Johnson's love of classic mysteries with their sleight-of-hand, dual perspectives and Chekovian guns shines through in every twist of the plot, which owes homage to such Christie classics as A Murder is Announced and And Then There Were None. There may also be some Hercule Poirot plot points I missed, but I'm a Marpelite, not a Poirogi. At any rate, the character studies that become the key to unlocking the killer's identity are pure Miss Marple, a "fluffy old woman" with a keen eye for small town evil. Oh yes, Daniel Craig is also in this, reprising his role as detective Benoit Blanc aka the world's worst mystery party guest with a fritter-fried accent. But he cedes much of the action to Monae's character, who dominates scenes with both small, expressive twitches and grand acts of burn-it-down physicality.

Returning briefly to Lansbury: I have loved her as an actor and as a person for more than 30 years. She had enormous talent, grace and diligence and her oeuvre of work got me through some tough times, the way calling a favorite aunt might. My nerdiness about her has been so front-facing and palpable that when she died my phone started buzzing with texts from friends checking in on me. I thought her cameo in this movie, playing herself on a Zoom call with some equally famous friends as they tried to cheer up the pandemic-depleted Blanc, was very in character. She once replied to an adoring letter I wrote to her with a hand-written thank you note of her own, one of my most cherished possessions. With this in mind, I warned my editor that this review could be "90 percent Lansbury." The fact that it's a much smaller percentage is a tribute to the craftsmanship of Johnson's film, which happily skews from the gimmickry of so many modern mysteries, making a genre that's more than 100 years old feel suddenly fresh. It's also an acknowledgement that a new year is dawning, and maybe it's time to say fond goodbye to former icons and embrace a new way of being, eschewing manipulation and pomposity to smash straight through to what matters. PG13. 139M. NETFLIX.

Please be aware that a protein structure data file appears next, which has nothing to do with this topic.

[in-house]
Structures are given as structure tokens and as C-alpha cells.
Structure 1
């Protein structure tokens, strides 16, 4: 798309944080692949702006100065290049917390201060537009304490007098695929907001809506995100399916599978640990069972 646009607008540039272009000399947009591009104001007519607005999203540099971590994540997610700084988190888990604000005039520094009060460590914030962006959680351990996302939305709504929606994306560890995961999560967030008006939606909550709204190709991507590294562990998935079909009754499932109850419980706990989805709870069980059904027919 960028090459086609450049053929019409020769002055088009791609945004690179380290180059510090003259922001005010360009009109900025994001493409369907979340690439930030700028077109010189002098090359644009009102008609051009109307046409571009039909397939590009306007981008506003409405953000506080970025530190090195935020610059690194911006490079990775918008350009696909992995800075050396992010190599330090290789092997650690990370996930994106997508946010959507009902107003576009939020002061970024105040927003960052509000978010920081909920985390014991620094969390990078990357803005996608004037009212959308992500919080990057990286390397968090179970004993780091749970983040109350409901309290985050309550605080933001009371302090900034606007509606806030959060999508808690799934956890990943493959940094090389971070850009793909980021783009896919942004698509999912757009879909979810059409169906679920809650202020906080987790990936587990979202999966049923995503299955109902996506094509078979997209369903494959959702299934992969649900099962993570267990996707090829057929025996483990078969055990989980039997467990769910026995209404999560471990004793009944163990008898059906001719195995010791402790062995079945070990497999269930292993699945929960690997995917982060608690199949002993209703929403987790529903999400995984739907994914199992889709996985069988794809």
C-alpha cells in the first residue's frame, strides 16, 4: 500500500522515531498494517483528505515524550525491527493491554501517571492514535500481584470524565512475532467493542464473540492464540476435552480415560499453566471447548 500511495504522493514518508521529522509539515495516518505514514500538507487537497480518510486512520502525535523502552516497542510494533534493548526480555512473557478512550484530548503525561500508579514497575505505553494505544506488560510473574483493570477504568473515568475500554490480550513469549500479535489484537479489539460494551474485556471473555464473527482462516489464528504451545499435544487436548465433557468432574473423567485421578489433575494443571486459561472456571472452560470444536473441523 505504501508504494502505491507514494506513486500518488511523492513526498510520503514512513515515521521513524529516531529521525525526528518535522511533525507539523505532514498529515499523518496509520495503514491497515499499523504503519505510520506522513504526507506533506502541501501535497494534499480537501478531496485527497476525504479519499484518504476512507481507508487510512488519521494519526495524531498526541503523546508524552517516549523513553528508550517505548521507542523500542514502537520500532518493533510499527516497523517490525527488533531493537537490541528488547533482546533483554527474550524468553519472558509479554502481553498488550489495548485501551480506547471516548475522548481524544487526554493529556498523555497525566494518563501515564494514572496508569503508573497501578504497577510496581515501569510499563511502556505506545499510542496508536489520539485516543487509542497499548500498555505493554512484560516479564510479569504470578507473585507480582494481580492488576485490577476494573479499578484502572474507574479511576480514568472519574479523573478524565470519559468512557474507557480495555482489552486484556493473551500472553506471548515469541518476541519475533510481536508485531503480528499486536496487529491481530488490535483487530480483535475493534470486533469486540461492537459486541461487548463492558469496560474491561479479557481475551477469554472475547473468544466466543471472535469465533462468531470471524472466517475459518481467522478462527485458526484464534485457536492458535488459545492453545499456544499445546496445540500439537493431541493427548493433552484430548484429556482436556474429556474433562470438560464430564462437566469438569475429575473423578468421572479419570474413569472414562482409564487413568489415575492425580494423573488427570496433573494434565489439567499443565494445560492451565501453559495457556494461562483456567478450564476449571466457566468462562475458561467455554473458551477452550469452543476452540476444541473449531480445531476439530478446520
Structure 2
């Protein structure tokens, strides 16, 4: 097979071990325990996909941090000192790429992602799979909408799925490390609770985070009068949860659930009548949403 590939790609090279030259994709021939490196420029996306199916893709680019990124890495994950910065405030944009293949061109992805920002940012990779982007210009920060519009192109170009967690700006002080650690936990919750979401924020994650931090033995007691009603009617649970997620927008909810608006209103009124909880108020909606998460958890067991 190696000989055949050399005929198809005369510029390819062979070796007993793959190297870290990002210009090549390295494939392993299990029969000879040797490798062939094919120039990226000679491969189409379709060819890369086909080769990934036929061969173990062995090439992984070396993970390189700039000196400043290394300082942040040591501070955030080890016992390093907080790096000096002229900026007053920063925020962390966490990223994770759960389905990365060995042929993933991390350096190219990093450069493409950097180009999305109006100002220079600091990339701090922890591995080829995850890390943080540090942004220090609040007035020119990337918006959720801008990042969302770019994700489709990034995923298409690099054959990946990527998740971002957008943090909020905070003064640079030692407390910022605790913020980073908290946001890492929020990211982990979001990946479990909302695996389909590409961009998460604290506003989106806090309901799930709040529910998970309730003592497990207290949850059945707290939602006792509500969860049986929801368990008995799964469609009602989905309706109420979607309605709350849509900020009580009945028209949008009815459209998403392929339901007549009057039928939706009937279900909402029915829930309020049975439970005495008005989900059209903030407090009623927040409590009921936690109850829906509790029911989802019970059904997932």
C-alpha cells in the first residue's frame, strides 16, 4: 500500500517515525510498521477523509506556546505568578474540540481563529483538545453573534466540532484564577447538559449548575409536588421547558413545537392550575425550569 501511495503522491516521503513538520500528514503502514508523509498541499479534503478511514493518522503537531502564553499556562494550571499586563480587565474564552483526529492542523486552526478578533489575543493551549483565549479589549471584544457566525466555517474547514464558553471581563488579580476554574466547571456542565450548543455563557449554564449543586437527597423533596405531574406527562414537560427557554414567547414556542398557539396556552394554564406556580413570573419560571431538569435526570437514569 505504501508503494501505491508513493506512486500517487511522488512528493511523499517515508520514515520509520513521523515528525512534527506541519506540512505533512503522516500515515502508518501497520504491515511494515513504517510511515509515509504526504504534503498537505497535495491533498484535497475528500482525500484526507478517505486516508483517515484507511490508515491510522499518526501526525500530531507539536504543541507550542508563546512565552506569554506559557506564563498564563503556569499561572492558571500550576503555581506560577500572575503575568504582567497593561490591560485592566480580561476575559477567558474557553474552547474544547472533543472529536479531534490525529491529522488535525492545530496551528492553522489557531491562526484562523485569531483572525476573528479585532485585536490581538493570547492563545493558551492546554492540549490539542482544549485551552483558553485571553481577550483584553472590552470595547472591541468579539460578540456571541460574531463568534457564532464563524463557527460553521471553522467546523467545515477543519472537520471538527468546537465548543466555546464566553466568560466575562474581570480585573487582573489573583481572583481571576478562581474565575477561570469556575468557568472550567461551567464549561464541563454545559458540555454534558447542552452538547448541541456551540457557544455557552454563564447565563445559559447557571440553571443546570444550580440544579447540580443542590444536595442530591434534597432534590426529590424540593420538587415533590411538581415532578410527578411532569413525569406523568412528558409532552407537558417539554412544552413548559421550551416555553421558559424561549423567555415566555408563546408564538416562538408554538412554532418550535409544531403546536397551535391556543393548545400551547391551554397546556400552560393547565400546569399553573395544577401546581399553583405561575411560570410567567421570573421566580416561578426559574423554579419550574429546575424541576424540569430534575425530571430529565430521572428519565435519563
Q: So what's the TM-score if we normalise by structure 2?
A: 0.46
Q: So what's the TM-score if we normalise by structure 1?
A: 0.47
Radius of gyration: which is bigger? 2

Linda Stansbury's (she/her) 220-page memoir Stansberry on Lansbury awaits fiscal sponsorship.


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BABYLON. A messy tale of Hollywood excess and ambition in the 1920s, starring Margot Robbie, lately sketchy Brad Pitt and Diego Calva. R. 189M. MINOR.

BLACK PANTHER: WAKANDA FOREVER. RIP, Chadwick Boseman. The Marvel comic franchise continues with Angela Bassett, Letitia Wright, Winston Duke and Tenoch Huerta Mejía as an amphibian king. PG13. 116M. BROADWAY, MILL CREEK.

PUSS IN BOOTS: THE LAST WISH. Sequel spinoff starring the swashbuckling cat voiced by Antonio Banderas. With Salma Hayek. PG. 100M. BROADWAY, MILL CREEK, MINOR.

STRANGE WORLD. Jake Gyllenhaal, Jaboukie Young-White and Gabrielle Union voice an animated adventure about a family of explorers. PG 102M. BROADWAY.

VIOLENT NIGHT. David Harbour stars as BAMF Santa, who stumbles onto a Christmas heist and goes Die Hard on John Leguizamo's elite team of bad guys. R. 101M. BROADWAY, MILL CREEK.

Fotruna Theatre is temporarily closed due to earthquake damage. For showtimes call: Broadway Cinema (707) 443-3456; Mill Creek Cinema 839-3456; Minor Theatre (707) 822-3456.